Hesitation to rename chowk after 'Hindu' Bhagat Singh shows Pak's ignorance towards other religions: Editorial
Referring to the petition filed against the renaming of a chowk in Lahore after Indian freedom fighter Bhagat Singh, an editorial in a Pakistani daily has said the petition only illustrates the growing ignorance and sheltered approach of Pakistanis towards other religions.
According to the editorial in The Express Tribune, an extremist mindset has taken over the people of Pakistan and is affecting every aspect of life, making it a devastatingly dangerous force, distorting thinking and adding to bias in matters of everyday life.
Most recently, this has surfaced in the controversy over the renaming of landmarks in Lahore, it said. On November 16, the Lahore High Court (LHC) restrained the City District Government of Lahore (CDGL) from renaming Fawwara Chowk in Shadman after Bhagat Singh. Singh was a hero of the Indian independence movement, which led to the freedom from colonial rule of both India and Pakistan in 1947. Singh was hanged at the age of 23, by the British at the said chowk in 1931, for killing a British officer and for other acts aimed to rid his nation of oppression.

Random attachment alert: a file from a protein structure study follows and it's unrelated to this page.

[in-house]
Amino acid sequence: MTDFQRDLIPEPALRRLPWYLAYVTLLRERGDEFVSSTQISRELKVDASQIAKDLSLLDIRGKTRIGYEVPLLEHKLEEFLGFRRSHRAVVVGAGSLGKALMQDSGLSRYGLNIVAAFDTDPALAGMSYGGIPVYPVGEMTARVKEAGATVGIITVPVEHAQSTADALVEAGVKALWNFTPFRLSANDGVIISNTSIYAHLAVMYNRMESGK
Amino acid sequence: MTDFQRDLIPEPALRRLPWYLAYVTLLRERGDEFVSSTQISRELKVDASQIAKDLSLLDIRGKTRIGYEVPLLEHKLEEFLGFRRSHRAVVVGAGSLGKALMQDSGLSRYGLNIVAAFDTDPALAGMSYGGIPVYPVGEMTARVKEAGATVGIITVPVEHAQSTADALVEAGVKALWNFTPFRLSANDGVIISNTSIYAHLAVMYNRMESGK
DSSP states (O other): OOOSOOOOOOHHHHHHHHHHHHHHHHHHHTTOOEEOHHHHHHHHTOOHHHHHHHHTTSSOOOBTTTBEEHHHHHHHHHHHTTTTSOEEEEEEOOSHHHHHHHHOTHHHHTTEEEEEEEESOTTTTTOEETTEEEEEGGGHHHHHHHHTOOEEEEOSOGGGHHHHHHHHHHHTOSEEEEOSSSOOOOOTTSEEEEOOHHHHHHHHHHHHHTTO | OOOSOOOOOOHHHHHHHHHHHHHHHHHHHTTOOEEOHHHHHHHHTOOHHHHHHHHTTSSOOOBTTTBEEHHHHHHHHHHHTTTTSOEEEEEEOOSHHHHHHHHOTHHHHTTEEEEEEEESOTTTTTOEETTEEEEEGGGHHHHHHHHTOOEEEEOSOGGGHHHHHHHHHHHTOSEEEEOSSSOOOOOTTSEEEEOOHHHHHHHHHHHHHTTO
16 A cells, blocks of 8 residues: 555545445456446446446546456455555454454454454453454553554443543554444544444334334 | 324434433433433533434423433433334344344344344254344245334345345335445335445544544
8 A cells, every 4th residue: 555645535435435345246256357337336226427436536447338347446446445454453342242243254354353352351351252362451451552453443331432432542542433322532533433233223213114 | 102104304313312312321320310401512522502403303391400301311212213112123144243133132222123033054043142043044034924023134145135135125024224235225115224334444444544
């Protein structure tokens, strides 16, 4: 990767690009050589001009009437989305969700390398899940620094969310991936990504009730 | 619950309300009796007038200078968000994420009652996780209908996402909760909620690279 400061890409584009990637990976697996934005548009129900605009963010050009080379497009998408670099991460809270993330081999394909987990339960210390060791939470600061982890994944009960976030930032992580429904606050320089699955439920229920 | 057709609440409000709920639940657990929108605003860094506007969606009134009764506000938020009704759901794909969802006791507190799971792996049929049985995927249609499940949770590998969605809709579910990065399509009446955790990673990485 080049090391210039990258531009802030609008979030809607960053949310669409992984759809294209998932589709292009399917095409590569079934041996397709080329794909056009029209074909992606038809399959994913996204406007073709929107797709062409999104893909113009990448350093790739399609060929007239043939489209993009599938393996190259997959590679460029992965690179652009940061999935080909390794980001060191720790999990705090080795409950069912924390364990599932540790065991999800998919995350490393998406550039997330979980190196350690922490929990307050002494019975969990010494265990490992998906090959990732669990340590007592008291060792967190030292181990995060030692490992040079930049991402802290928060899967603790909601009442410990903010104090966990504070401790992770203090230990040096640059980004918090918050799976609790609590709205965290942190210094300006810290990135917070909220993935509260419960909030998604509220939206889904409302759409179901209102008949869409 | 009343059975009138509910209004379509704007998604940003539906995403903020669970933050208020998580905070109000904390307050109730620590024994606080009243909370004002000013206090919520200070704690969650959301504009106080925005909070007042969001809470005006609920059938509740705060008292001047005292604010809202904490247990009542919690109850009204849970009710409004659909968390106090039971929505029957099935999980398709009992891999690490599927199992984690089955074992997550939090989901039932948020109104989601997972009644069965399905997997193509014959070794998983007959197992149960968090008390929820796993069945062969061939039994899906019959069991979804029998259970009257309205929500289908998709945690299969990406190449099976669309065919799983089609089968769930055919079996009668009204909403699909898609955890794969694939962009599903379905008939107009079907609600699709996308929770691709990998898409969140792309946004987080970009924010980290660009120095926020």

The court stayed the name change over a petition filed by a Tehreek-e-Hurmat-e-Rasool member. The petition states that it was earlier decided that the chowk would be named after Chaudhry Rehmat Ali, the man who coined the name of Pakistan. It also says that a "so-called" foundation had been established in the name of Bhagat Singh and that it has, with other "so-called" human rights associations, pressured the CDGL to name the chowk after him.
Born near Jaranwala in Punjab and educated in Lahore, it is entirely illogical that Singh's religion should exclude him from tribute in the land he grew up and died in. Bhagat Singh deserves to be remembered. The attempts to block this are absurd, the editorial concluded.